Mobile
Commentary
8/20/2010
12:01 AM
Ed Hansberry
Ed Hansberry
Commentary
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RIM Going After Mobile Advertising Market

In a sign that RIM recognizes that it cannot live off of the enterprise market alone, it is making moves to get into the mobile advertising market. In doing so, RIM is pitting itself squarely against the same companies making its life rough in the smartphone world - Apple and Google.

In a sign that RIM recognizes that it cannot live off of the enterprise market alone, it is making moves to get into the mobile advertising market. In doing so, RIM is pitting itself squarely against the same companies making its life rough in the smartphone world - Apple and Google.According to the Wall Street Journal, RIM is considering taking the same path Apple and Google did when they got into the mobile advertising market; by buying its way in. Apple purchased Quattro Wireless for $275 million in early January of this year and in November of 2009, Google grabbed AdMob for $750 million.

RIM is courting Millennial Media and is balking at the $400-$500 million asking price. RIM feels both Google and Apple paid too much for what they got. In the case of Apple, RIM may well be right. Apple announced today that they are shutting down Quattro and putting all of their efforts into iAd.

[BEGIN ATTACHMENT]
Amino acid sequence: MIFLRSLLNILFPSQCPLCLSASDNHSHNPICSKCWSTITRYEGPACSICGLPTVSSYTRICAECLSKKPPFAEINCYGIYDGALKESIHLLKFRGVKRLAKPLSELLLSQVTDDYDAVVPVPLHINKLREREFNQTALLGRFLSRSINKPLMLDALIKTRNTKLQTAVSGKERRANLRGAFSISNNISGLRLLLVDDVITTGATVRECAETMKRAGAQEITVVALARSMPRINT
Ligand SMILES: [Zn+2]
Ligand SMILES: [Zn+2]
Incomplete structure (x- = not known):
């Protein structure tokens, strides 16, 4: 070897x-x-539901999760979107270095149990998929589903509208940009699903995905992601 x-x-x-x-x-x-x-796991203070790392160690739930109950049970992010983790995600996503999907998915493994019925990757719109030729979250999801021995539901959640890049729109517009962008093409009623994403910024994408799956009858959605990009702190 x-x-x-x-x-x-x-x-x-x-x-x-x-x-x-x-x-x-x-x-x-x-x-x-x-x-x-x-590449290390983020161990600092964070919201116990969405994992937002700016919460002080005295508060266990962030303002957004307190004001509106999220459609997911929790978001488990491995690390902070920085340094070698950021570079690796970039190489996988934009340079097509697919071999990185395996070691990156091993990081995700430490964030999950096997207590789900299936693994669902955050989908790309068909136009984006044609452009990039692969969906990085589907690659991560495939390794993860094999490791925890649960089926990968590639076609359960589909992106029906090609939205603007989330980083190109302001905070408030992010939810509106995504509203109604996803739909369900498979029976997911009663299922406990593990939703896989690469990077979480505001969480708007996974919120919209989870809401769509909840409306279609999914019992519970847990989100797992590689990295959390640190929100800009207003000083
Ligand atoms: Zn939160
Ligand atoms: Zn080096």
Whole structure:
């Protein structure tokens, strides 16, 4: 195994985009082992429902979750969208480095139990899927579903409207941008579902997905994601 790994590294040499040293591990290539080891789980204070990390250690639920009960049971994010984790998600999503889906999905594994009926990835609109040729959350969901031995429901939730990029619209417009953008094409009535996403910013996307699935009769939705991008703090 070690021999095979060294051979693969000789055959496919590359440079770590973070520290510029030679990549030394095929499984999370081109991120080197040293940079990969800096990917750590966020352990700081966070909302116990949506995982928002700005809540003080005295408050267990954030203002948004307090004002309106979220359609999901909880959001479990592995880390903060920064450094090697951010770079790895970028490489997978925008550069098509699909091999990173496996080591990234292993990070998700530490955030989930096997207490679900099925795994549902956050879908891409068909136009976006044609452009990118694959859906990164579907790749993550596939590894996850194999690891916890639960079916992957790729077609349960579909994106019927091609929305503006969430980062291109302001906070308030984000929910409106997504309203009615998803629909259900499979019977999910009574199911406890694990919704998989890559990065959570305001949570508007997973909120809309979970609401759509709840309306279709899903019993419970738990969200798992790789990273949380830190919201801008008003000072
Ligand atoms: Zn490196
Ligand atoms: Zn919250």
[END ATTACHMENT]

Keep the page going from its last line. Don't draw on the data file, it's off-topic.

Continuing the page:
Revenues for the market are fairly small, but will continue to grow. For 2009, the total mobile advertising market was around $416 million and is expected to grow 50% to the $600 million level in 2010. As more users get smartphones, which even in this economy are showing no signs of slowing sales, that revenue will continue to move upwards.

You don't get a lot of advertising by catering to the enterprise market, and RIM's best shot at consumer interest with the Torch hasn't really impressed anyone. By getting into the advertising market may be a way for RIM to keep itself relevant outside of the enterprise market until it can get its smartphone act together. If they aren't willing to buy into it though fearing the price is too steep, starting from ground zero may take too long, especially for a company with little to no advertising know-how.

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